Published Mar 18, 2020"The Song of Names" refers to a mournful Jewish prayer, a days-long recitation of names of Holocaust victims set to music. As the basis for the film adaptation of Norman Lebrecht's novel of the same name, it inspires powerfully emotional moments — but these get bogged amid a jumble of timelines and stiffly acted period drama.
The film jumps back and forth between decades as it examines the mysterious disappearance of Dovidl Rapoport, aka David. He's a virtuosic Polish violinist who moves to England as a child, but World War II leaves him separated from his Jewish family back home. He's touted as a rising classical music star, but after he skips out on a pivotal concert in 1951, he's never heard from again.
Flash forward to the 1980s, and his adoptive English brother Martin (Tim Roth) is still hunting for the lost violinist. He follows a series of leads and gradually traces Dovidl's journey across continents. It's not too much of a spoiler to say that Martin eventually finds him — something you know from the get-go, thanks to Clive Owen's prominent billing playing Dovidl as an adult.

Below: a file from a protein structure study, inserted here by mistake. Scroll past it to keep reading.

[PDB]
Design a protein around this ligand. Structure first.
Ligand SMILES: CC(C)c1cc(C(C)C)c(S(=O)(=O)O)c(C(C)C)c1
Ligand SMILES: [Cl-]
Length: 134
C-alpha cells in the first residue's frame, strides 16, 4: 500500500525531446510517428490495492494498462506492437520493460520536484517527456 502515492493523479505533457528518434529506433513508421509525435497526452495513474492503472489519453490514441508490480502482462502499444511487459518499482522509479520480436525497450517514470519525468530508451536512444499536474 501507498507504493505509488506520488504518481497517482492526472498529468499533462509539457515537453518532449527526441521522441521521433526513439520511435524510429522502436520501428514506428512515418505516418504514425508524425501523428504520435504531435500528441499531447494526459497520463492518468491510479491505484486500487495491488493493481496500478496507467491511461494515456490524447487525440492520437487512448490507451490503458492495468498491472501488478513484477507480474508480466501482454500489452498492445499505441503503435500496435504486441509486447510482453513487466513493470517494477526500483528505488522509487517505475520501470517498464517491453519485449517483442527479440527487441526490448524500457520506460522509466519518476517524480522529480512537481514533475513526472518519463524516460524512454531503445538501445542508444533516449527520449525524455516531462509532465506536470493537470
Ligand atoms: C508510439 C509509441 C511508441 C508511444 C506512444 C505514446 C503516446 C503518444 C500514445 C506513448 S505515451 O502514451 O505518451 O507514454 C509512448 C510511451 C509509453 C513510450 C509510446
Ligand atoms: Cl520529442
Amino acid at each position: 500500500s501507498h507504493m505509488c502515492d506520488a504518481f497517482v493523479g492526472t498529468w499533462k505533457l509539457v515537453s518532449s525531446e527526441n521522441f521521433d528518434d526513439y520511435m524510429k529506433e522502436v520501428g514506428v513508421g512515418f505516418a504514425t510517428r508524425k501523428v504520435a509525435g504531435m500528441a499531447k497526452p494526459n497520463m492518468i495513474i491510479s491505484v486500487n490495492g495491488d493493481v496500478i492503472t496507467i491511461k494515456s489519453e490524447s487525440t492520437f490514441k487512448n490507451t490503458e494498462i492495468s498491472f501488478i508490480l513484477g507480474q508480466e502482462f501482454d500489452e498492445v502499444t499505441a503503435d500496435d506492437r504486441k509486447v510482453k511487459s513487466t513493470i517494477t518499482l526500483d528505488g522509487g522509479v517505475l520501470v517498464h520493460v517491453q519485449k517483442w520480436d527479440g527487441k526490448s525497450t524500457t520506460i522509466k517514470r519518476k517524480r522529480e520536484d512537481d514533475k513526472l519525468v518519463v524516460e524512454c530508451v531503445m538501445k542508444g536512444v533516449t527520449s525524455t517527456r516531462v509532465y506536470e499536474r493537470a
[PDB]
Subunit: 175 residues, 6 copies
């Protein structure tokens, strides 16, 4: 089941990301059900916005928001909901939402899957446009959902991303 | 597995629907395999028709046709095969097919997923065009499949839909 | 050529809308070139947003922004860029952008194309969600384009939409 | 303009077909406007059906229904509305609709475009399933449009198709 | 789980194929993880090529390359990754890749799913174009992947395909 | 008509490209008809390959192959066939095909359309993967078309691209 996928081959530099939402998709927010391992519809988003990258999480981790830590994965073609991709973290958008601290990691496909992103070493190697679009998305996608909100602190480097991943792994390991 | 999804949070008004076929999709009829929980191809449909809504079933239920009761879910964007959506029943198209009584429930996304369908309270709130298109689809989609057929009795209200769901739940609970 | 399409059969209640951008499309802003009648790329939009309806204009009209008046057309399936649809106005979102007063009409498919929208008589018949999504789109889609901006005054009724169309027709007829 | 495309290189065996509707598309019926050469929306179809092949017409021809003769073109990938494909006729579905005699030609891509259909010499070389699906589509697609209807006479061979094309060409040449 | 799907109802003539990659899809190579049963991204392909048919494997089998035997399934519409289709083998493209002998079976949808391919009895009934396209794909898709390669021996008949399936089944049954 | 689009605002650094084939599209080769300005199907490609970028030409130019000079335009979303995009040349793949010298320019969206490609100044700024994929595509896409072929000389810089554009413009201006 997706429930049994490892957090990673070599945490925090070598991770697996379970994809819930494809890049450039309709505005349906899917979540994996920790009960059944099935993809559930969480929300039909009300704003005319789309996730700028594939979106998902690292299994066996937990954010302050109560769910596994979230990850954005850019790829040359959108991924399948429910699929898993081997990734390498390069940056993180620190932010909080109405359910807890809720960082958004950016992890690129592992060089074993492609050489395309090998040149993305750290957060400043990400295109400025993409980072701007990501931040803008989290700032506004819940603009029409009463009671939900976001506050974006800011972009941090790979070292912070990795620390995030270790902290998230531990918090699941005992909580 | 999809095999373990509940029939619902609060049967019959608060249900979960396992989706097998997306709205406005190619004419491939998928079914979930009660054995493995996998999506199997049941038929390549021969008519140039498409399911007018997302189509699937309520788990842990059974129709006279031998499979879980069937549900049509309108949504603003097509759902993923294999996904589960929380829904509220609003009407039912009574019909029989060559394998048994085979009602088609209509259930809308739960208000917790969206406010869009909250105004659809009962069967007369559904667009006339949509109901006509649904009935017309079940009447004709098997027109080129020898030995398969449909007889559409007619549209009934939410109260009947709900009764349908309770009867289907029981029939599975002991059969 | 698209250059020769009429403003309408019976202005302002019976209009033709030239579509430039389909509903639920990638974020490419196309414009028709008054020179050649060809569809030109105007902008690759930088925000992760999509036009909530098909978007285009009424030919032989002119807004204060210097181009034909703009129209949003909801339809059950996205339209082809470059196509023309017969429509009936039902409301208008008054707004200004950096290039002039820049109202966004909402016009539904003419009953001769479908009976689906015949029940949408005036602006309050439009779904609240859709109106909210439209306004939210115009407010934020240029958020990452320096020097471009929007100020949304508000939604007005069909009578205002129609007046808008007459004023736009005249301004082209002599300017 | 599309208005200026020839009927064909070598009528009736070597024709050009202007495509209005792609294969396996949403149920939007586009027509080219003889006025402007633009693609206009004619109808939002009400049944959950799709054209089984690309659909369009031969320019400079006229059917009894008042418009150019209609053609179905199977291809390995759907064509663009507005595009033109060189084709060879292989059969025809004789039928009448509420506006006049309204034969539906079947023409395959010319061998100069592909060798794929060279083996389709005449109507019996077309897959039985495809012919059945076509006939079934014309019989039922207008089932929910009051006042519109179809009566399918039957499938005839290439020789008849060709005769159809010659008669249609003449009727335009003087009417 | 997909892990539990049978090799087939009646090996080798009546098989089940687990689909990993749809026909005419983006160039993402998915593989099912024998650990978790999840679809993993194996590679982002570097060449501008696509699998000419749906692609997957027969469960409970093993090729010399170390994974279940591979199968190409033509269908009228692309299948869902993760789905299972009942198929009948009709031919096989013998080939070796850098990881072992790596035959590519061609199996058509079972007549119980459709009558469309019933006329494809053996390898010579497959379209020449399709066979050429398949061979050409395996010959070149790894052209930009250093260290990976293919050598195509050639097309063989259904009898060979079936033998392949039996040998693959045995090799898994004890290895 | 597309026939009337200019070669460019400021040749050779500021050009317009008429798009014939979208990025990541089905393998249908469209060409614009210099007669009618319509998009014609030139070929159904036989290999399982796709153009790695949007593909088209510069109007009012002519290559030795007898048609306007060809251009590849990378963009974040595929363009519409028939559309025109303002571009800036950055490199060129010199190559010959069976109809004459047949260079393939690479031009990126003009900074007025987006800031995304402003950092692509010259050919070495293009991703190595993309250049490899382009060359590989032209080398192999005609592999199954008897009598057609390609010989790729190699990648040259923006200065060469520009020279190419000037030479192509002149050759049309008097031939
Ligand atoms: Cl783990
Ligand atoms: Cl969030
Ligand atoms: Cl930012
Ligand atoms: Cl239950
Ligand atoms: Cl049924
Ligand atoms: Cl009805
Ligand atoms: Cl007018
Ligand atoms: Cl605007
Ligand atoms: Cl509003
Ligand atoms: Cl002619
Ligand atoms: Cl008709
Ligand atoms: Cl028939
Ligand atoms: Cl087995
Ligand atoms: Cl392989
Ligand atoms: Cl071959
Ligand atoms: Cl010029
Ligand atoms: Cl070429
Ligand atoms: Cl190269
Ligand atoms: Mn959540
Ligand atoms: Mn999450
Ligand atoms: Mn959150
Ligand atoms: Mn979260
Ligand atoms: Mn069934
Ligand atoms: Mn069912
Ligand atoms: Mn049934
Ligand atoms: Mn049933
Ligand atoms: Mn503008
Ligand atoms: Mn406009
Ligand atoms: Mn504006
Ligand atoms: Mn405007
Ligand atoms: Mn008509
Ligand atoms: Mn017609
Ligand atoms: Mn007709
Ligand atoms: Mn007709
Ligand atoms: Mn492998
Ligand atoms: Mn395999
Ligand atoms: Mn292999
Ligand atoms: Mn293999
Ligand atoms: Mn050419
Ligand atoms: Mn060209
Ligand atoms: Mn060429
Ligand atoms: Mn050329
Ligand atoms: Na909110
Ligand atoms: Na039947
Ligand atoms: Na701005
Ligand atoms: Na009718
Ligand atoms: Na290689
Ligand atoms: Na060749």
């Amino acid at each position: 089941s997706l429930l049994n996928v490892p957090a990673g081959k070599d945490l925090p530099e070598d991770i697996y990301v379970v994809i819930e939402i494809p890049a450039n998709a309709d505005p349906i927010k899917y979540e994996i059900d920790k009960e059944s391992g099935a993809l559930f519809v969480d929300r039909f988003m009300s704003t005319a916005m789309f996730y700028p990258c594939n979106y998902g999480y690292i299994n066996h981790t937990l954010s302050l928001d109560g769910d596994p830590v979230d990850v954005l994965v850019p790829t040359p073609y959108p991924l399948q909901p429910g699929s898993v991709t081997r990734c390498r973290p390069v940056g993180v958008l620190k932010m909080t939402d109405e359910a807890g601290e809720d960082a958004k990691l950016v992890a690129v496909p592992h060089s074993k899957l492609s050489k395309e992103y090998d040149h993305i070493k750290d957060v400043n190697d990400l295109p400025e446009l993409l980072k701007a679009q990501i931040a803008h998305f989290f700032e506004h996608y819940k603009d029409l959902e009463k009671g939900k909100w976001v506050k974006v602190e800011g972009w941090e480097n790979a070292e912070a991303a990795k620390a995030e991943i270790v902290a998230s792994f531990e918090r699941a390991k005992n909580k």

The hunt for Dovidl comes together a little too cleanly, as each clue ties neatly to the next, so that the whole thing fits together like a scavenger hunt, or perhaps a Nancy Drew novel. Throw in some dubious Polish accents, plus stiff performances all around, and the film doesn't achieve the gravity the subject matter demands.
Finally, things do come together in an emotional, climatic scene that highlights the harrowing toll that the Holocaust has had on Dovidl. It's a powerful payoff for the film's mystery. But then there's a final, out-of-nowhere revelation that leaves things on an off-putting note. It's strange end to a movie with a powerful premise and clumsy execution.